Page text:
mardi 5 mai 2015 à 16:00
A new functional medical imaging technique based on the detection in coincidence of threeγ-rays is being developed at Subatech laboratory. The goal of this innovative medical imaging modality is to obtain a precise 3D location of a radioactive source with high sensitivity, significantly reducing the dose administered to the patient. To exploit the benefits of this technique a new detection device, based on a liquid xenon Compton telescope with good spatial and energy resolutions, and a specific
(β+,γ) emitter radionuclide, 44Sc, are required.
A first prototype of a liquid xenon time projection chamber named XEMIS1 has been successfully developed showing very promising results for the energy, spatial and angular resolutions of the ionization signal in liquid xenon. We achieve an energy resolution of 8.9% for a 1MeV γsource and an electric field of 1kV/cm, and a longitudinal spatial resolution smaller than 100μm. This first experimental device of small dimension count on an advanced cryogenics system, which has contributed to a high liquid xenon purity with a very good pressure and temperature stability, a fast UV sensitive PMT and an ultra-low noise front-end electronics (below 100 electrons) operating at liquid xenon temperature.
Based on the good results obtained with XEMIS1, a second prototype dedicated to small animal imaging, XEMIS2, is now under construction. This new prototype is a monolithic liquid xenon cylindrical camera, which totally surrounds the small animal. XEMIS2 will hold around 200kg of liquid xenon. The active volume of the detector will be completely covered by about 380 1" PMT to detect the VUV scintillation photons, allowing a pre-localization for the detection of the ionization signal and a reduction of the dead time. The ionization signals will be collected by around 20000 pixels. This innovative geometry will allow the detection of the threeγ-rays with a high sensitivity and a high Field-Of-View.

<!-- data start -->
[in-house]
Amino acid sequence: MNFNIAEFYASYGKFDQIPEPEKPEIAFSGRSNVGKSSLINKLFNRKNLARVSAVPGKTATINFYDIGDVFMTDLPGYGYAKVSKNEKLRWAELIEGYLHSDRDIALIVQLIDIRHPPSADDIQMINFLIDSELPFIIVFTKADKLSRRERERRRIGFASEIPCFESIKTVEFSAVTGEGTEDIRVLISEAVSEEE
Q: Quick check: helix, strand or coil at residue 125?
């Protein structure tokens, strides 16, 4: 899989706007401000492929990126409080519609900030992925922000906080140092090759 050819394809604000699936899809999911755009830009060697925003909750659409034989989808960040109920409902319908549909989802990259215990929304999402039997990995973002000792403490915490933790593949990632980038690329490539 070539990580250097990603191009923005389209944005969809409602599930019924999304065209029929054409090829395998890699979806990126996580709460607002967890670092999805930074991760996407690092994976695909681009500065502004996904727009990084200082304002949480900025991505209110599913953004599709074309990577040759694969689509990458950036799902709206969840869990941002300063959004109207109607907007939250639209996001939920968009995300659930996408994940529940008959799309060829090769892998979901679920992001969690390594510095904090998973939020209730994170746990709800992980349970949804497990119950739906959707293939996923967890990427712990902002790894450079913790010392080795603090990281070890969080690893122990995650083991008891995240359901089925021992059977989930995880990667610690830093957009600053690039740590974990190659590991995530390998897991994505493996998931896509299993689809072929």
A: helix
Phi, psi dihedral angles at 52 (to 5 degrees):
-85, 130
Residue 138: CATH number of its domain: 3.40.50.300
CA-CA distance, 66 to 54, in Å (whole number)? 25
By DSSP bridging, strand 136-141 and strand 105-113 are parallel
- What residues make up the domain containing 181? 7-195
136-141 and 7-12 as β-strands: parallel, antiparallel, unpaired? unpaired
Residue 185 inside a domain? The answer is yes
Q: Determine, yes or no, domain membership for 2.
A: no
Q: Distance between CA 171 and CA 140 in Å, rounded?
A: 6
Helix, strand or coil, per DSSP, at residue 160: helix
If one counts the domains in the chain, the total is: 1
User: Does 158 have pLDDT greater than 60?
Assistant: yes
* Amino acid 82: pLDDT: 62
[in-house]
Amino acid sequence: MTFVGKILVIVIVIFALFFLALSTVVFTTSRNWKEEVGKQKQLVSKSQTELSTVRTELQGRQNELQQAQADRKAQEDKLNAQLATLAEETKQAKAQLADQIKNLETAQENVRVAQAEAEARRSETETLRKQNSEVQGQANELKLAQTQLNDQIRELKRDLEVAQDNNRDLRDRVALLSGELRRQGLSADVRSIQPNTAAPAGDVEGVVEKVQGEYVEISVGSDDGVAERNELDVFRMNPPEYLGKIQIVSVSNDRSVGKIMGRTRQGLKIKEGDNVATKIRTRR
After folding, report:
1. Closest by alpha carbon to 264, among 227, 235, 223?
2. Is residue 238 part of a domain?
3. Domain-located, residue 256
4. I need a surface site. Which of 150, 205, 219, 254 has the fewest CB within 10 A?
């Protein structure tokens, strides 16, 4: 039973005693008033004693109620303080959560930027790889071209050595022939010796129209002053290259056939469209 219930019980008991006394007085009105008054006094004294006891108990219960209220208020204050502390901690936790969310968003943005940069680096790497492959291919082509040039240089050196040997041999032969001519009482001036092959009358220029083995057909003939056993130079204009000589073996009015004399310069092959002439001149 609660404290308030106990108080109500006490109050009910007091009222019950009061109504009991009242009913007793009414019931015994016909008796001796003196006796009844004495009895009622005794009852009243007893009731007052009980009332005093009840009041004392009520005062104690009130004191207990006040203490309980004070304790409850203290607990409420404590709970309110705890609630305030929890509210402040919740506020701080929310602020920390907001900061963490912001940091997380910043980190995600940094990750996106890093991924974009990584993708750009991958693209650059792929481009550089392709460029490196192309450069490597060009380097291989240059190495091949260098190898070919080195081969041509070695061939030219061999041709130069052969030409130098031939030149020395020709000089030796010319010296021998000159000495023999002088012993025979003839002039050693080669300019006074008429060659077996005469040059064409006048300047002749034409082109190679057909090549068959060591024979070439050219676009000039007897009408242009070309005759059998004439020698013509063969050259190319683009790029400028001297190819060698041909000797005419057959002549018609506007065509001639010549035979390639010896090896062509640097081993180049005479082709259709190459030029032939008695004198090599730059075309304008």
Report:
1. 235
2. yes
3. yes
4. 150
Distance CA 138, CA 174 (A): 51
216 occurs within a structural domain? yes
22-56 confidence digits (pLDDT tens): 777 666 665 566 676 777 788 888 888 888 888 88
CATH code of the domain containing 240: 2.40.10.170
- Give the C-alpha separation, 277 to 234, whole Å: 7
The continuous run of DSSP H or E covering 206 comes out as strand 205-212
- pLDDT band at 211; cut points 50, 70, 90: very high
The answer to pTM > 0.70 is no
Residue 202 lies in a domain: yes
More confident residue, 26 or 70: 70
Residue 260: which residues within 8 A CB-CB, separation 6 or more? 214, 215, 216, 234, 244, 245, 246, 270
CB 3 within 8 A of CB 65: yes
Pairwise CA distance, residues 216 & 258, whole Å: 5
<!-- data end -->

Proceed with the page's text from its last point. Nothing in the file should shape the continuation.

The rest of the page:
In parallel, a complete GATE/Geant4 simulation has been developed in order to understand the performances of the 3γimaging technique. The optimization of the geometry and electronics of XEMIS2 has been performed showing very promising results for the sensitivity, energy and spatial resolutions. Moreover, good quality preliminary images obtained by simulated tomographic reconstruction reveal the possibility of imaging the whole animal in a short time with a very low injected activity. These preliminary results are very promising for the consolidation of the 3γimaging technique and its future application in human body imaging.